Like many other countries, Ukraine has difficulties relying on green energy and will need to find a solution – such as storage of energy.
According to Unian, the green energy production in Ukraine has grown from two percent of the total energy production a couple of years ago to eight percent today. However, in the same period, the percentage of energy produced by the dirty thermal power plants, often run by coal, has remained steady, around 35 percent.
As green energy is dependent on the wind blowing and sun shining, Ukraine is increasingly facing a problem seen in other countries. While green energy production is growing, it is still challenging to shut down thermal power plants because there needs to be a backup system if the weather makes it impossible to produce green energy.
“The solution to the issue is the construction of a sufficient number of new flexible and accumulation capacities, which will require multi-billion-dollar investments,” Unian describes in a lengthy analysis on their website about this issue.
“The start-up of a coal-fired power unit can take from two to nine hours. Therefore, part of the power units involved in maneuvering must constantly be in the “hot” standby mode, that is, work underloaded, so that, at the command of the power system dispatcher, at the right moment, to drastically increase generation,” Unian writes.
In other words, the Ukrainian coal-run thermal power plants need to be running at all times or be in standby mode, ruining the green energy transition in Ukraine. Unian writes that “an increase in the share of “green” generation in the Ukrainian energy grid leads to the use of an increasing number of TPPs, an increase in coal consumption” which contradicts “the initial idea of priority development of renewable energy sources.”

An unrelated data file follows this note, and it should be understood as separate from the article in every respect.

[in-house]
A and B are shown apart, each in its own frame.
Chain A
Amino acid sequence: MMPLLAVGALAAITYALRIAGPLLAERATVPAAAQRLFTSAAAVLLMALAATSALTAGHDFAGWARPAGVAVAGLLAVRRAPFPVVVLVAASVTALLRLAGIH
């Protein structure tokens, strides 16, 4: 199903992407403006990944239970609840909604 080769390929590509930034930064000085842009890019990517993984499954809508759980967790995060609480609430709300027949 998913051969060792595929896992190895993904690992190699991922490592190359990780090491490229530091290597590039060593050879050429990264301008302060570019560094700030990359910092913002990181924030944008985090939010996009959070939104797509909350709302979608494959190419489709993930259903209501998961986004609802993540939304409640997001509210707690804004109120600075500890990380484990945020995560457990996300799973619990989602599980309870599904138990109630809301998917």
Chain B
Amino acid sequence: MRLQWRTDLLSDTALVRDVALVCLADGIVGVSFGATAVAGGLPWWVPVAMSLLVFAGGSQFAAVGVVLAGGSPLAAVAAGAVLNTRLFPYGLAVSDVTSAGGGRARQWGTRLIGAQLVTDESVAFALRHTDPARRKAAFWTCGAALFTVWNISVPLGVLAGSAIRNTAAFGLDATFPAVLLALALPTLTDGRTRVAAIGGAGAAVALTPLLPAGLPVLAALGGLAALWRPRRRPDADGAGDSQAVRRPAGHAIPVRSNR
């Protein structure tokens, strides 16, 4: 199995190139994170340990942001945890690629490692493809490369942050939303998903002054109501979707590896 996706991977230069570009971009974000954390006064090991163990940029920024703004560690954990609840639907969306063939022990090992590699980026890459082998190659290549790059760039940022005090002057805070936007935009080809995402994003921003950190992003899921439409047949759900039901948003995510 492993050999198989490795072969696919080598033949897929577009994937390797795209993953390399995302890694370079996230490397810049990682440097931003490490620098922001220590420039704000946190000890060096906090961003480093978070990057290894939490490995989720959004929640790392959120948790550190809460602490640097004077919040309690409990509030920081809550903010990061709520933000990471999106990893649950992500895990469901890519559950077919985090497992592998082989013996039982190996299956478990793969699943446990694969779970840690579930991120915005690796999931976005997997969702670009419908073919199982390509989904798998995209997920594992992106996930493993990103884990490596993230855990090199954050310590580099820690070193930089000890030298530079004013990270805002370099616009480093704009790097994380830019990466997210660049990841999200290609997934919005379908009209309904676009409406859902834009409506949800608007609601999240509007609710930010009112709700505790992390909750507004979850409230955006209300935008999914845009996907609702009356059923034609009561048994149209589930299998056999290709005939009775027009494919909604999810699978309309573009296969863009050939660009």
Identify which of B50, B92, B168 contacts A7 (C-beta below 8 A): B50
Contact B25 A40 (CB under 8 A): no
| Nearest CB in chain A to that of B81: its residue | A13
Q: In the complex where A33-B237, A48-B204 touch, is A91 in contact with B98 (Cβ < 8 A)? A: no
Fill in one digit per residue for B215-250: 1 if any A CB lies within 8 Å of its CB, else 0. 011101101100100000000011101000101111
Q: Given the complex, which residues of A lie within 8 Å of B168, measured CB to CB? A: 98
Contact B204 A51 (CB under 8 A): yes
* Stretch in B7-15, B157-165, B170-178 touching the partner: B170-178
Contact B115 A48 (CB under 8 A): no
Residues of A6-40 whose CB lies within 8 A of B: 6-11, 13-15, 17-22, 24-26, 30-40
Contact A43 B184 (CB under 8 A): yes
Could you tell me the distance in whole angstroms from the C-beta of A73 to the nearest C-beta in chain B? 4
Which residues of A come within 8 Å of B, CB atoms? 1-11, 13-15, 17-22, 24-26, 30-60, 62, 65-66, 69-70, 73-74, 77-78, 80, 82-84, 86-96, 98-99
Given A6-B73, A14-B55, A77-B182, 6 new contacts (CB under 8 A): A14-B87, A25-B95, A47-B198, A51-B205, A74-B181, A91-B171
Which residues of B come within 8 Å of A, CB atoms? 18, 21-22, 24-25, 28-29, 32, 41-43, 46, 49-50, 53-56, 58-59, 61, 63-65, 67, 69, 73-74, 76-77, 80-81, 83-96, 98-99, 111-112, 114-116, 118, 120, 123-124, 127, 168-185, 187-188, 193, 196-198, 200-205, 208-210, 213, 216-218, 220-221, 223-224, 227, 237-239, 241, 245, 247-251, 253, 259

New technology needed
The situation is worsened by the Ukrainian government’s decision to shut down some of the country’s nuclear power plants to give space for green energy. While it does increase the use of renewable energy, it also creates a more significant demand for dirty and expensive backup thermal power plants run by coal instead of the CO2-clean and cheaper nuclear power plants. As a result, it also increases the price of electricity.
“We must stimulate the development of storage batteries, green hydrogen, and pumped storage facilities that can technically balance green energy. Only then will we be able to replace coal generation,” acting Minister of Energy Yuriy Vitrenko, according to Unian.
The question is when such storage batteries will be ready. Such technology is on its way, but how long it will take to make a Ukraine difference is unclear.
“However, according to expert forecasts, in the next ten to fifteen years, energy accumulation systems based on storage batteries will be able to significantly squeeze hydropower from the pedestal, which will be due to the further technology upgrade and significant cost reductions,” writes Unian in their analysis and points out that Ukraine has some of the largest reserves of lithium, used in such batteries, in Europe.
Has started the process
The Ukrainian energy grid operator Ukrenergo will in the next couple of years build 2 GW worth of facilities that can quickly start and help replace some of the dirty thermal power plants run by coal. It will cost two billion dollars, and while it is a start, the demand for such facilities will multiply with the green energy transition.
The Ukrainian energy company DTEK, owned by oligarch Rinat Akhmetov, is planning to build a 1 MW battery as a pilot project at a site in Zaporizhia in 2021.
“Our market for ancillary services does not work as it should. We don’t have normal price signals that these projects will pay off. The system needs these projects, but today there is no normal economic base for this. We decided not to wait until this economic base appears and to try a one-megawatt project,” DTEK CEO Maksym Tymchenko said, according to Unian.
With the high costs of building such projects, it is unclear to what extent Ukrainian companies and the Ukrainian state will be able to produce enough to make a difference in the use of thermal power plants as energy backup systems.
“The next two years will be decisive: either Ukraine is e able to develop its energy system in sync with the entire civilized world, or this process will be significantly delayed, which will be a blow both to the environment and consumers (in terms of energy bills),” writes Unian.